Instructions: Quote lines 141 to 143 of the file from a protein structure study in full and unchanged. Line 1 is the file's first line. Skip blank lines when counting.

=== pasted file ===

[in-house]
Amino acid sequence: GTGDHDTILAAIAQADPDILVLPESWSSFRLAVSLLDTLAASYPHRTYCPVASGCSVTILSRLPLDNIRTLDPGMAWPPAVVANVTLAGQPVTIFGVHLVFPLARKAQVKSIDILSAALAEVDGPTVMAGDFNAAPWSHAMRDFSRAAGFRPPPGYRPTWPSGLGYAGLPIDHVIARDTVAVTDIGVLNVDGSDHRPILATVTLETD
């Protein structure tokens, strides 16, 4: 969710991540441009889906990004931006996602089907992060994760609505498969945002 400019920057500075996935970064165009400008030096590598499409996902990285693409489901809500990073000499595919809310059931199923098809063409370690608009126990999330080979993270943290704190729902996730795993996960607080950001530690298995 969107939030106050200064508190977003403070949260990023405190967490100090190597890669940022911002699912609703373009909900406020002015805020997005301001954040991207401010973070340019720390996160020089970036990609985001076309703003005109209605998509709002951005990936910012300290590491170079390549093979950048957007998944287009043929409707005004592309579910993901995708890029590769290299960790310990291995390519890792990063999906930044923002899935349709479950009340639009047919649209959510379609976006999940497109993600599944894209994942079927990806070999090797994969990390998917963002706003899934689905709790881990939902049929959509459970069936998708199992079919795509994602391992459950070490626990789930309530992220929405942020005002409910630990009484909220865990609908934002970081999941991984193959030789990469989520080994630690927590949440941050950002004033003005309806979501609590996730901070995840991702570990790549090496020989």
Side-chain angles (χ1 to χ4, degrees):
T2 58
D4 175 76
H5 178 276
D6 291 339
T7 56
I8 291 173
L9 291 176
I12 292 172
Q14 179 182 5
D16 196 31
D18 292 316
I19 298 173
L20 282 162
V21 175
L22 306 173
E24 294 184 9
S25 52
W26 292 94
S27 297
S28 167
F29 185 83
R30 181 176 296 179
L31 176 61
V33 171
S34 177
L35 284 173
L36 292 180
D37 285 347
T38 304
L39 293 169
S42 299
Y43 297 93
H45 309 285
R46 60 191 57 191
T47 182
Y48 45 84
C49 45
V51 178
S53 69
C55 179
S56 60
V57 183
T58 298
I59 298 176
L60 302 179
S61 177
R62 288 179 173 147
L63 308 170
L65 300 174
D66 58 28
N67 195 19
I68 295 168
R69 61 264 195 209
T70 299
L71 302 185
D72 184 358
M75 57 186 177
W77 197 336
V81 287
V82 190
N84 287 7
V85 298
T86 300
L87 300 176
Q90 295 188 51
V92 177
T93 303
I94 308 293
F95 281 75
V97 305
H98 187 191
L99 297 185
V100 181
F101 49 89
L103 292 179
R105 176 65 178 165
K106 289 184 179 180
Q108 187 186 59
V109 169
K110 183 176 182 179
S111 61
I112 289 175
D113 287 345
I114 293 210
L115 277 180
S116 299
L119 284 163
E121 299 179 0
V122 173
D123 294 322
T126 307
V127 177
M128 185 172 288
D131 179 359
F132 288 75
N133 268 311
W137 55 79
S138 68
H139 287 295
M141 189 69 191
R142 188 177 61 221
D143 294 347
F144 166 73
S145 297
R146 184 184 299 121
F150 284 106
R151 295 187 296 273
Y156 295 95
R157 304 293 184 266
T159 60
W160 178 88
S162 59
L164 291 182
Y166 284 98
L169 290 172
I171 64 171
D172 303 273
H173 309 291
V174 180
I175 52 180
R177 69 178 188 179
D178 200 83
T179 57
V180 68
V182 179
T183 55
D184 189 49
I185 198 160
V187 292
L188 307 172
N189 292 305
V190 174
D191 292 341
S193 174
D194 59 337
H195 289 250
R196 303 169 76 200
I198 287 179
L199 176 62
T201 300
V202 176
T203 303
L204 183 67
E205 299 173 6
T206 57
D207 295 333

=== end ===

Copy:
R196 303 169 76 200
I198 287 179
L199 176 62